S Korean export orders fall at fastest pace in 6 years on virus worries
Edward White reports from Seoul
South Korean export orders have fallen at their fastest pace in over six years as manufacturers cut production and closed factories in response to the coronavirus.
According to a Nikkei-Markit survey of South Korean manufacturers released on Monday new export sales last month declined at the sharpest rate since August 2013 on the back of falling demand as China saw sweeping industrial shutdowns in an urgent bid to stop the virus spreading.
“The South Korean manufacturing sector was hit by a dual-pronged negative shock to the demand- and supply-side of the economy in February amid the Covid-19 outbreak,” said Joe Hayes, an economist at IHS Markit.
“Output volumes fell sharply as production was suspended and, in some cases, factories were closed in response to the widespread disruption to China, South Korea’s most important trade partner,” he added.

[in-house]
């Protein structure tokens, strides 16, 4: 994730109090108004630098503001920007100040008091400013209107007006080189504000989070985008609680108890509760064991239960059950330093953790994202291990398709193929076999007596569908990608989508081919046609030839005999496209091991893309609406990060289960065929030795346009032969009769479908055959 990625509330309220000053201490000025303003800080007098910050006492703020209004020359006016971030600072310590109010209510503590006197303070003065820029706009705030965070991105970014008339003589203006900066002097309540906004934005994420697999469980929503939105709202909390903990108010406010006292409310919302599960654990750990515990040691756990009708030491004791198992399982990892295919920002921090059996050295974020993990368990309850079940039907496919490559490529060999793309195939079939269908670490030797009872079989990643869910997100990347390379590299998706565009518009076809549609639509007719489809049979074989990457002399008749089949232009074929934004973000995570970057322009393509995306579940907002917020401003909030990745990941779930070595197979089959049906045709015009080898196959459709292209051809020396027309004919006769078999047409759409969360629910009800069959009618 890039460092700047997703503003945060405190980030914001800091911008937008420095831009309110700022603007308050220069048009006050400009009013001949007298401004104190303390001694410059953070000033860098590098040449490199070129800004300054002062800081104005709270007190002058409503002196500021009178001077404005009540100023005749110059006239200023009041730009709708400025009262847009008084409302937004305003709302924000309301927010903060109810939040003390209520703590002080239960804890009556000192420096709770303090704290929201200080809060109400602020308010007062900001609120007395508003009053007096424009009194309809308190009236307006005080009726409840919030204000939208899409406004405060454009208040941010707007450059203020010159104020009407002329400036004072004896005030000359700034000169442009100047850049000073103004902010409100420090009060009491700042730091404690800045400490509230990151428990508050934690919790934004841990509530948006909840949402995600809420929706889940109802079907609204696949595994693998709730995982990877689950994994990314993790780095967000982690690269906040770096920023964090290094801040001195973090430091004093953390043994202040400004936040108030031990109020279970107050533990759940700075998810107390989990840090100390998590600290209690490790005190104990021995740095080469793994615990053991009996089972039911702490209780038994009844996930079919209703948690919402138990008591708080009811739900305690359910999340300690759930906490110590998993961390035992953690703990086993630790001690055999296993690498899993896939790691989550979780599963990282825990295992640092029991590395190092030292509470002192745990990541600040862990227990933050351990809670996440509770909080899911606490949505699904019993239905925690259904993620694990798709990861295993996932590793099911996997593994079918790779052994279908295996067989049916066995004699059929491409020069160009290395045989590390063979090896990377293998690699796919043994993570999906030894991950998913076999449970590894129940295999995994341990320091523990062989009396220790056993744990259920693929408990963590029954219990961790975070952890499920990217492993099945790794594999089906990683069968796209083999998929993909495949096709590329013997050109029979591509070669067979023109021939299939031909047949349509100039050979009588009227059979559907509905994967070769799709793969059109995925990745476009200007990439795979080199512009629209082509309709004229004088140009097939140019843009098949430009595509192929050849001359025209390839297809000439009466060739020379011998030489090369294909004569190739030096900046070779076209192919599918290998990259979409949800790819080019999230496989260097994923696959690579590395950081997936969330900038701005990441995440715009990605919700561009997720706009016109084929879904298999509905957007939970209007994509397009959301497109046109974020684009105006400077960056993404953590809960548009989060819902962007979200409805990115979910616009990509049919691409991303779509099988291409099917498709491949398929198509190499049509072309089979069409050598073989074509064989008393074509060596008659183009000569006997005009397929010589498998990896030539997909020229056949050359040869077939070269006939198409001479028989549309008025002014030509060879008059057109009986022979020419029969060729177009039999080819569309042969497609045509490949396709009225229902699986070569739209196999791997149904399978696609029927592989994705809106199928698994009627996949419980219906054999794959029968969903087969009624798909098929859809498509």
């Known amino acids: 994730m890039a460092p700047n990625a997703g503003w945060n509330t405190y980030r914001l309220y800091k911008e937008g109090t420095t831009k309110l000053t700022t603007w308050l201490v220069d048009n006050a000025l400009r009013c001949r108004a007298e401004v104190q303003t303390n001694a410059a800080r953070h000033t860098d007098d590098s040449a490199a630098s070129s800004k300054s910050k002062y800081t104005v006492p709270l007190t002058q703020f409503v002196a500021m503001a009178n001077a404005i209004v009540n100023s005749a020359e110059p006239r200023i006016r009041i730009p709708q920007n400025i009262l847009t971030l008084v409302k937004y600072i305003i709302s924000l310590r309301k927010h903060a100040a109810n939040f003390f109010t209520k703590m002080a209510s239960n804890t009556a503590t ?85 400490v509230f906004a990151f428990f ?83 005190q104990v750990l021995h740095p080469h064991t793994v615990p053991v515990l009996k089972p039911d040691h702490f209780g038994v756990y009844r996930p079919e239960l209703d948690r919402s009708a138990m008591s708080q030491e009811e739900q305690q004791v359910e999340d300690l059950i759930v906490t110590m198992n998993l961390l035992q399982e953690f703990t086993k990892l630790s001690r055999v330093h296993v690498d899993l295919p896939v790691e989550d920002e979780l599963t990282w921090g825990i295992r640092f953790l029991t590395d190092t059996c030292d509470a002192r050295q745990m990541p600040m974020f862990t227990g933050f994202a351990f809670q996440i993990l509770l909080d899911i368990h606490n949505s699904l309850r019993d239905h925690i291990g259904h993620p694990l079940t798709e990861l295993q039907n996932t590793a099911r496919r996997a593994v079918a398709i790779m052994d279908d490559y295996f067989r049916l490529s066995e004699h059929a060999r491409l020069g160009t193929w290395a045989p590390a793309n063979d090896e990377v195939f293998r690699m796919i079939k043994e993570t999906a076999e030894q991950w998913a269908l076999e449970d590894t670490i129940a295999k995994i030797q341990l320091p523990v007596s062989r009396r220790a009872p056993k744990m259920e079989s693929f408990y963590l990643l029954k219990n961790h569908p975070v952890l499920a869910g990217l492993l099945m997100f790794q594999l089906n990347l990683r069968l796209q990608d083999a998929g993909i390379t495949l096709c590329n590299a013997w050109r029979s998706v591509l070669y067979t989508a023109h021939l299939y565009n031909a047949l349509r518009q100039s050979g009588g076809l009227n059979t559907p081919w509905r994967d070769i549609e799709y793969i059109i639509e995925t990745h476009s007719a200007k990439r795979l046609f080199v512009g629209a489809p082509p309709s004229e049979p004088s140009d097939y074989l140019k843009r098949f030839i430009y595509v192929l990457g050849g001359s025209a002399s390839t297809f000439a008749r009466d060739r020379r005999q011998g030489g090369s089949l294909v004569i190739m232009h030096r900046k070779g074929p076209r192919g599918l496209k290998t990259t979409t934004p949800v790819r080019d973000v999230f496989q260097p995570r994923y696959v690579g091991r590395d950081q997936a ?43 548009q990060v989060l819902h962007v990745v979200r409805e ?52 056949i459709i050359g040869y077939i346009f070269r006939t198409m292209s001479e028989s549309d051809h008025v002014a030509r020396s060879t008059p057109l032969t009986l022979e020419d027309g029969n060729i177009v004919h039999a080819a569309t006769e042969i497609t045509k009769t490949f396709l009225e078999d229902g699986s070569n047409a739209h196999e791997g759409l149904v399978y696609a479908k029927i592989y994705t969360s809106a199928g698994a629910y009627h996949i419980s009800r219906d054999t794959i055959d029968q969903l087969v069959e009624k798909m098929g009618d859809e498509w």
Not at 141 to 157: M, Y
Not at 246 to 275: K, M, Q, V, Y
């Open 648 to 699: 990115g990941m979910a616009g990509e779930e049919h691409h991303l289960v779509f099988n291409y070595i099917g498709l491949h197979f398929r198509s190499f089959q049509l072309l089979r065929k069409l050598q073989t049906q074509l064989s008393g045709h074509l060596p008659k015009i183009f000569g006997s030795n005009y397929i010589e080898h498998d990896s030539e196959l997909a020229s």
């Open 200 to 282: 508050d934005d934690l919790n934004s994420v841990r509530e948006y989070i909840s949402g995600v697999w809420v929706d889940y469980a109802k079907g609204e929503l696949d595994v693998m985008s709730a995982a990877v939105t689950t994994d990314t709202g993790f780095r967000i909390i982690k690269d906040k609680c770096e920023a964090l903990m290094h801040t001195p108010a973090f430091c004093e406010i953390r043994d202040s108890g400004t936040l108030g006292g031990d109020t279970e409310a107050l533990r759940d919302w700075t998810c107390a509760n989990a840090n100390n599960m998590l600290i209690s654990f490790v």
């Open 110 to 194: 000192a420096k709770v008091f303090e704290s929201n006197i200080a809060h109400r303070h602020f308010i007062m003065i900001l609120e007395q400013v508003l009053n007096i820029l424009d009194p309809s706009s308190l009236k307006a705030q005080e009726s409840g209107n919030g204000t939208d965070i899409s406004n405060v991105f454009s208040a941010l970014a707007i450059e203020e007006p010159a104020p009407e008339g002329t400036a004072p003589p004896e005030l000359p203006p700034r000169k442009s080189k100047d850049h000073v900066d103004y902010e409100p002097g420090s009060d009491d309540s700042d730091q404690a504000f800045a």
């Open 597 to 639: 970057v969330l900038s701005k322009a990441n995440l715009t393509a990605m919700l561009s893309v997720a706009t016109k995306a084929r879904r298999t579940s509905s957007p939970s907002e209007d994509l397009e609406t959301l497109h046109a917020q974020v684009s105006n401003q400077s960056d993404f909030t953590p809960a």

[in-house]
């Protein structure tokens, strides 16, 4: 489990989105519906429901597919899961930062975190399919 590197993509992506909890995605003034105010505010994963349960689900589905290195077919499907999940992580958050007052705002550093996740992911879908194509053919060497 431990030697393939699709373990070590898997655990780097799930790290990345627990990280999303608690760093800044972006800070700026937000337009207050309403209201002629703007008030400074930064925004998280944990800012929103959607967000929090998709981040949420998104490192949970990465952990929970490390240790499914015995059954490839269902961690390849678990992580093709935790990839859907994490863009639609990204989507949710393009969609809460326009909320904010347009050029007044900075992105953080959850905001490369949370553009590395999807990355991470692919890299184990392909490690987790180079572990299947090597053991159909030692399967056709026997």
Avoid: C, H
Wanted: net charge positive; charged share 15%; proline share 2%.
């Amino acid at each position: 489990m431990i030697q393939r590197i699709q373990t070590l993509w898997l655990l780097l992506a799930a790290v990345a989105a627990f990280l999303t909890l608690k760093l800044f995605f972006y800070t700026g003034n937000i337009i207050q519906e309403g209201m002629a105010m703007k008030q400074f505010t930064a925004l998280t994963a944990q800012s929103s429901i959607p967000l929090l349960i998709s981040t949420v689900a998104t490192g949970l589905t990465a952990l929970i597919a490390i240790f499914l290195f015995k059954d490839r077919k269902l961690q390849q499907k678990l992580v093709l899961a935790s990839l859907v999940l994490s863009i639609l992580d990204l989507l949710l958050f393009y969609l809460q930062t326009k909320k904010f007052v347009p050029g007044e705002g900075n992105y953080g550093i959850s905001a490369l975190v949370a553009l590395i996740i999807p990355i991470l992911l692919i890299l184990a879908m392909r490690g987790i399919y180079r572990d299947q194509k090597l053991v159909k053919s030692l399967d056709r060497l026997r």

The Nikkei-Markit manufacturing purchasing managers’ index fell to 48.87 last month from 49.8 last month, and remaining below the 50-point marker separating contraction from expansion.
In recent days a rising number of stoppages at South Korean factories has prompted international concern over potential collateral damage to not only Asia’s fourth-largest economy but the entire global technology supply chain.
Exports represent 45 per cent of South Korea’s GDP. In several key technologies, including the memory chips used in countless electronic devices, South Korean companies control more than half the global market.
South Korean health officials on Sunday reported 586 additional people are now battling the deadly virus, bringing the total to 3,736 — the largest outbreak of any country outside China. And the number of cases are expected to continue to rise after Seoul ramped up mass public testing in response to the virus. More than 60,000 people have tested negative for the virus while 32,000 new tests are under way.